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        Volume 10 |Issue 10| March 11, 2011 |


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Gas Crisis

A recurrent event, which has become a common trend, has been developing in recent times. As we are getting accustomed to deal with these trends, we are not aware of the hindering effects brought about by this indiscriminate and vile tradition. I have observed that, in many families, there is a tendency to save a single match-stick by keeping the gas burning until the next time the gas stove is used. We often forget that gas, our main natural resource, is a limited asset. Sometimes I think that we are cheating our country. As we know, we use gas to produce electricity, fertilisers, to run vehicles and so on and so forth. But the most regretful thing is the ongoing careless usage of natural gas. My request to the people and the concerned authorities is that they use this limited resource a little more carefully and economically.

Mahmudul Hasan Hemal
Department of English, University of Chittagong


Bangladesh has made its grand introduction to the world through cricket. Now the tigers are renowned and are making the country proud. On 17 February I went to the Mirpur stadium with some of my friends around 1am and we saw many supporters shouting and cheering the Bangladesh team in their first match. People of all ages where present; the Mirpur Stadium caught the attention of thousands. The scenario was too beautiful, and the awesome lights stunned everyone. The world cup seems to have united the whole nation, and this is reason enough for celebrations. Every Bengali is praying for Bangladesh to perform their best no matter what the outcome is. It makes me think, if we unite like this to work towards the betterment of our country, we can solve many pressing problems such as river pollution, the illegal takeover of land and rivers, illicit poaching of wild species and many more problems. I believe it is only then that we can be truly proud of our nation.

Sayem bin Kashem


In Support of Yunus

Sacrificing our most distinguished, respected and dedicated citizen to the altar of petty legal technicalities, non-issues, and political vindictiveness— this is one of our darkest hours as a nation. And yet we, who respect and support Prof. Yunus have not shown enough visible, vocal, verbal support. Other parts of the country were out there forming human chains, expressing not just their displeasure with the government's policy, but, in his time of need, also an affirming show of support for our beleaguered humanitarian, our beloved national icon. Except for an editorial or an article in the media, why has the capital been quiet? Where are the civil society, the intelligentsia, the empowered women, the educated youth, the Friends of Grameen at home? Where are the human chains in the capital?

By our silence we have also allowed the only heard voices of criticism to come from the opposition parties, helping them milk the situation for political benefit. The powers that be, with their insensitivity to public opinion and public sentiments went ahead on their vindictive course proving not only that they have questionable political sense but also that they care little for the image of the nation, thus perhaps, even for the greater welfare of the nation and its future. They risk losing the confidence of future voters and also harming the future of an institution that has worked for the welfare of the poor and for the empowerment of impoverished women.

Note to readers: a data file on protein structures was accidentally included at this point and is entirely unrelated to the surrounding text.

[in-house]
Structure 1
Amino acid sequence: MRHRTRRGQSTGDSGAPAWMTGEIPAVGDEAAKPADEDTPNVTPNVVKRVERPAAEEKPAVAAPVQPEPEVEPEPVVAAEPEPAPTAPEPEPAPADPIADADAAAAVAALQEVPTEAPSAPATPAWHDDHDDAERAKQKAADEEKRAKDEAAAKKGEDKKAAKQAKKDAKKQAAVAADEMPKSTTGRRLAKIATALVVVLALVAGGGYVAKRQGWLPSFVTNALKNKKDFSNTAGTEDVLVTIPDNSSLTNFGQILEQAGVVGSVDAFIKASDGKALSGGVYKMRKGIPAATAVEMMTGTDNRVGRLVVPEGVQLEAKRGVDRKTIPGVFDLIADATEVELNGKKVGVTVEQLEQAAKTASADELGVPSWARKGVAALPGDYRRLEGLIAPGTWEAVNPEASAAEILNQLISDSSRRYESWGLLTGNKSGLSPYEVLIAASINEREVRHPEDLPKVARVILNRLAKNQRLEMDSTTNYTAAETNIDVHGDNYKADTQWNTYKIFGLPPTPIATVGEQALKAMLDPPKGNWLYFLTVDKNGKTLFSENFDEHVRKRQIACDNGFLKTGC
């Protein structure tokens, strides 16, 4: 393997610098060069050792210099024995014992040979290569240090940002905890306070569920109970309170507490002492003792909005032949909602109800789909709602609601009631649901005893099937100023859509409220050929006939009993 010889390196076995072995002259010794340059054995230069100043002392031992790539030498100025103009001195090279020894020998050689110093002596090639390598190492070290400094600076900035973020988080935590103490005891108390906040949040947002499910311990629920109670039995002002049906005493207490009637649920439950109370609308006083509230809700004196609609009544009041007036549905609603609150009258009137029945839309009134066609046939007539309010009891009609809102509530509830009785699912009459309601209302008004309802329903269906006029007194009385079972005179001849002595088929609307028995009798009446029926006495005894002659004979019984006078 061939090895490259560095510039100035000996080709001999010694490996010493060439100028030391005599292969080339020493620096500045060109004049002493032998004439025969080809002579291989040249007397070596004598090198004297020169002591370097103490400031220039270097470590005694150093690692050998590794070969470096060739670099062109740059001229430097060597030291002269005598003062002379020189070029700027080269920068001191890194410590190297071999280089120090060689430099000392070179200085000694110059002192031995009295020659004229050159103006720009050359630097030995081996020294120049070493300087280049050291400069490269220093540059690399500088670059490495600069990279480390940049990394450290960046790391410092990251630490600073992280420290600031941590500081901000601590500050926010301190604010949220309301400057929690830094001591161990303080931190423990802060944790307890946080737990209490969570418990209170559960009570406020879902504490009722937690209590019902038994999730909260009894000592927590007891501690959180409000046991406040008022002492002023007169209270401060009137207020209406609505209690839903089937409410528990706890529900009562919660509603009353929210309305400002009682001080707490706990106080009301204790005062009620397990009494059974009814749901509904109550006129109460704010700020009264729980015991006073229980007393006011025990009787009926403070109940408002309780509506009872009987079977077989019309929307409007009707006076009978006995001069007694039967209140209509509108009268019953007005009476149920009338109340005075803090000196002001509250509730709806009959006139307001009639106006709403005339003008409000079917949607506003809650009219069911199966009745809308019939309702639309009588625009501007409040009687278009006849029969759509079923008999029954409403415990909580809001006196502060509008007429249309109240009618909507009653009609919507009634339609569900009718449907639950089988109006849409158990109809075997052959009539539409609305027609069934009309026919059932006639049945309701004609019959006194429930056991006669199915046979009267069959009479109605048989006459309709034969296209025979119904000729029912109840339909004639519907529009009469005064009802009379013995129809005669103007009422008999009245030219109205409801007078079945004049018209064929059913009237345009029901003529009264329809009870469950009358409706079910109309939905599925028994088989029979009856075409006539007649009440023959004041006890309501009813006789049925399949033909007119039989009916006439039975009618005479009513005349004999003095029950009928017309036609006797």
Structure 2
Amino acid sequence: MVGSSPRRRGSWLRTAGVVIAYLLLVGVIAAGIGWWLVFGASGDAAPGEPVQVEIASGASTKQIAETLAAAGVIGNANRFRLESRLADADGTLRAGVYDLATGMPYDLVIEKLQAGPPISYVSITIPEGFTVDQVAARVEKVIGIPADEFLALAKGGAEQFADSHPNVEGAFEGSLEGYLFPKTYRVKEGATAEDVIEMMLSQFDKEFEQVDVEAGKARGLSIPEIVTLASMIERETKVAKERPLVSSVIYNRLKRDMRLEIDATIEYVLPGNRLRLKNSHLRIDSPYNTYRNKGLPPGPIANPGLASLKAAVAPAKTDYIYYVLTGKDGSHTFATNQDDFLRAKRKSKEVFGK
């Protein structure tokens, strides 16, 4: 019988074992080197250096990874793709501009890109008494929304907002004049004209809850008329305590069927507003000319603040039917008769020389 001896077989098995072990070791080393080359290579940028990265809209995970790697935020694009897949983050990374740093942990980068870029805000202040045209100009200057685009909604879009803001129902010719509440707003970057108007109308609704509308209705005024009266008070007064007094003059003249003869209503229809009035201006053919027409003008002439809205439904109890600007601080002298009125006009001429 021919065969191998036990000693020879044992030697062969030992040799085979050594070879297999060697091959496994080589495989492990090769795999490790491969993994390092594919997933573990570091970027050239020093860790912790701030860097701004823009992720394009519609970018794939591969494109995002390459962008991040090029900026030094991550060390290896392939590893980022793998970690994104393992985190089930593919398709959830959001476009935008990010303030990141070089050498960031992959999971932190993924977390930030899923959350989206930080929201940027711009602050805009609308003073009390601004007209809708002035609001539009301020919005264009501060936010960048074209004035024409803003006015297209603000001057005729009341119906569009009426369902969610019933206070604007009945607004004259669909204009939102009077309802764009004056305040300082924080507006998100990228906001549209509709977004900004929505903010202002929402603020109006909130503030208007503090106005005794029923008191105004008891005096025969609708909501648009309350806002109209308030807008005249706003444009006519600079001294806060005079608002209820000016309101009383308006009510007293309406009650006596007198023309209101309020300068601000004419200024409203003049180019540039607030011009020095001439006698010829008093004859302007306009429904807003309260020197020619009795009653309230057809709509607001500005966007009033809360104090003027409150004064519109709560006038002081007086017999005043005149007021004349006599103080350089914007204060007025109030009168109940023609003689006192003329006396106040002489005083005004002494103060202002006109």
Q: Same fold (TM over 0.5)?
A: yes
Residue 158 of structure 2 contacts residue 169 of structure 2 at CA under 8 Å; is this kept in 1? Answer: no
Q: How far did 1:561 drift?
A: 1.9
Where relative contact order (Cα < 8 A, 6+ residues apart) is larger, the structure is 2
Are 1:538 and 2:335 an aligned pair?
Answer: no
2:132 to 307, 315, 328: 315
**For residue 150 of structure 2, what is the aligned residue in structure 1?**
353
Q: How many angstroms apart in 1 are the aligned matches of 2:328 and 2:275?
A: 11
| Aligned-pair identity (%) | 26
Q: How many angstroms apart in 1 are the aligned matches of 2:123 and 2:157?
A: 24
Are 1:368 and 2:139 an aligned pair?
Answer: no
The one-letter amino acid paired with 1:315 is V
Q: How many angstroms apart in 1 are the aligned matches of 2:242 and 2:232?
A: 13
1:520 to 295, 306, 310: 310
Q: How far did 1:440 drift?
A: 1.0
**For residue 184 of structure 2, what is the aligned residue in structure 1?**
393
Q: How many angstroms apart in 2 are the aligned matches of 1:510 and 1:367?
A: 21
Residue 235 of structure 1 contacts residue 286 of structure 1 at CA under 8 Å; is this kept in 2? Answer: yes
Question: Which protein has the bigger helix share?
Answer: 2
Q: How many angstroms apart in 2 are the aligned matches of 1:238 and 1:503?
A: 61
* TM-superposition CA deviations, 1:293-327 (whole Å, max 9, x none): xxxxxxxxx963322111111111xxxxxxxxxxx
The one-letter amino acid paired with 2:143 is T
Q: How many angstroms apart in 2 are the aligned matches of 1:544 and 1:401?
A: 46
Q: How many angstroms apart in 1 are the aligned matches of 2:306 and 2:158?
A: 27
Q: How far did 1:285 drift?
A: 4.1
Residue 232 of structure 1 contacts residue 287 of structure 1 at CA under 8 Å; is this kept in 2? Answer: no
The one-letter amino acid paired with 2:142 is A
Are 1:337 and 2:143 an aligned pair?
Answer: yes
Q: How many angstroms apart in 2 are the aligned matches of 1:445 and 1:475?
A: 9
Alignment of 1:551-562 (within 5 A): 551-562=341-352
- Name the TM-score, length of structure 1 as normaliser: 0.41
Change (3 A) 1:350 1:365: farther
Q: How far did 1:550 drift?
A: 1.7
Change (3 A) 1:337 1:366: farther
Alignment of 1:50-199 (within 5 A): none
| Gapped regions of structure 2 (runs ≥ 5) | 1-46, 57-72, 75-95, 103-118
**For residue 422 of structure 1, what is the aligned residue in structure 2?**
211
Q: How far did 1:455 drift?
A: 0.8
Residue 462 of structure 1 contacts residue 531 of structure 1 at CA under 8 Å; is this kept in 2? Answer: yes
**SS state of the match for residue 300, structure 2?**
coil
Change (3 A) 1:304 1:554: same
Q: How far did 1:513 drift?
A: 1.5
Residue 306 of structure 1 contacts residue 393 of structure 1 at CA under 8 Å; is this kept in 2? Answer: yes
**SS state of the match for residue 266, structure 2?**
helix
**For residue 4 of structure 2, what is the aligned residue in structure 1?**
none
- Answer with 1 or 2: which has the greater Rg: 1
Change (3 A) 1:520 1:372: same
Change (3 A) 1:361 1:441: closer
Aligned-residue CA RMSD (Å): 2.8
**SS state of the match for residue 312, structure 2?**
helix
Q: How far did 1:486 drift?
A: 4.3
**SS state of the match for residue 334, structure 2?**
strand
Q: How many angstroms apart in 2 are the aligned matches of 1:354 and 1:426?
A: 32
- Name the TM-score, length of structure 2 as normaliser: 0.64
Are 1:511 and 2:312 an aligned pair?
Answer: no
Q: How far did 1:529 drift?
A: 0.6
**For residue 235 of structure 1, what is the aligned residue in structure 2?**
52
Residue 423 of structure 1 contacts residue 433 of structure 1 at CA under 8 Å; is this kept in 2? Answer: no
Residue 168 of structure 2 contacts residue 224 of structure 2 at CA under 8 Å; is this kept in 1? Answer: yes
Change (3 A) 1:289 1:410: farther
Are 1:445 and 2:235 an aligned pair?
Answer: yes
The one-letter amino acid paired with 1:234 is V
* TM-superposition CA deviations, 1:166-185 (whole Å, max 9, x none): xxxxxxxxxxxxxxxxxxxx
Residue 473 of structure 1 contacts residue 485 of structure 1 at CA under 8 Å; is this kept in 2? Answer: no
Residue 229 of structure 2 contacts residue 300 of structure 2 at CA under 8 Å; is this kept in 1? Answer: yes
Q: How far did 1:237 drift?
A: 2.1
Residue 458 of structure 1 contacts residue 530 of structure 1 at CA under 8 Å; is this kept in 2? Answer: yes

Worldwide today, people have gathered their moral courage, tapped their collective strength to change the course of injustice, yet we kept quiet. Once upon a time, we Bengalis stood up for our right to speak in our own language. Now that we have our language, we are not using it to speak up against the unjust vilification of our most honoured citizen.

I do not know what the High Court's decision will be. If it is in favour of Prof. Yunus, I will know that justice and the Bengali nation have hope. If not, I wish to exress my solidarity with Prof. Yunus and say, no matter what, Yunus and Grameen are one. Even when you separate the mother from the child, she does not stop being its birth giver. I respect my mother, my mother tongue and today on International Women's day, the man who has empowered many an impoverished mother in my motherland.

Neeman Sobhan
Rome, Italy

Hats Off to the Tigers

Photo: Star File

The cricket fever hit Bangladesh when we gained the test cricket status in 2000. The whole country is now infected with this fever. At last we are one of the glorious nations in the world who have achieved our expected position in the cricket arena. This is not the first time that the world cup has taken place in the sub-continent but it is the first time that we have got the opportunity to become a host country of this great event.

With this encouragement, the tigers are trying to give their best performance in all the matches. The first match between Bangladesh and India in the ICC cricket match gave our tigers so much power and strength to face the challenge of the next match in which the most awaited victory has been achieved in the Bangladesh Vs. Ireland match held on 25 February, 2011 at Mirpur Shere-Bangla stadium. Thank you, Bangladesh cricket team for this wonderful victory. Our cricket team makes Bangladesh known to the world. We, the people of this country at home and abroad, are proud of you. This is an auspicious moment for us. I hope, that the 16 core citizens of Bangladesh again start believing in themselves. I hope the day is not so far when our country will win the World Cup. Try to keep up the good work in every match and we will keep supporting you!

Farhana Hoque Panna
University of Dhaka


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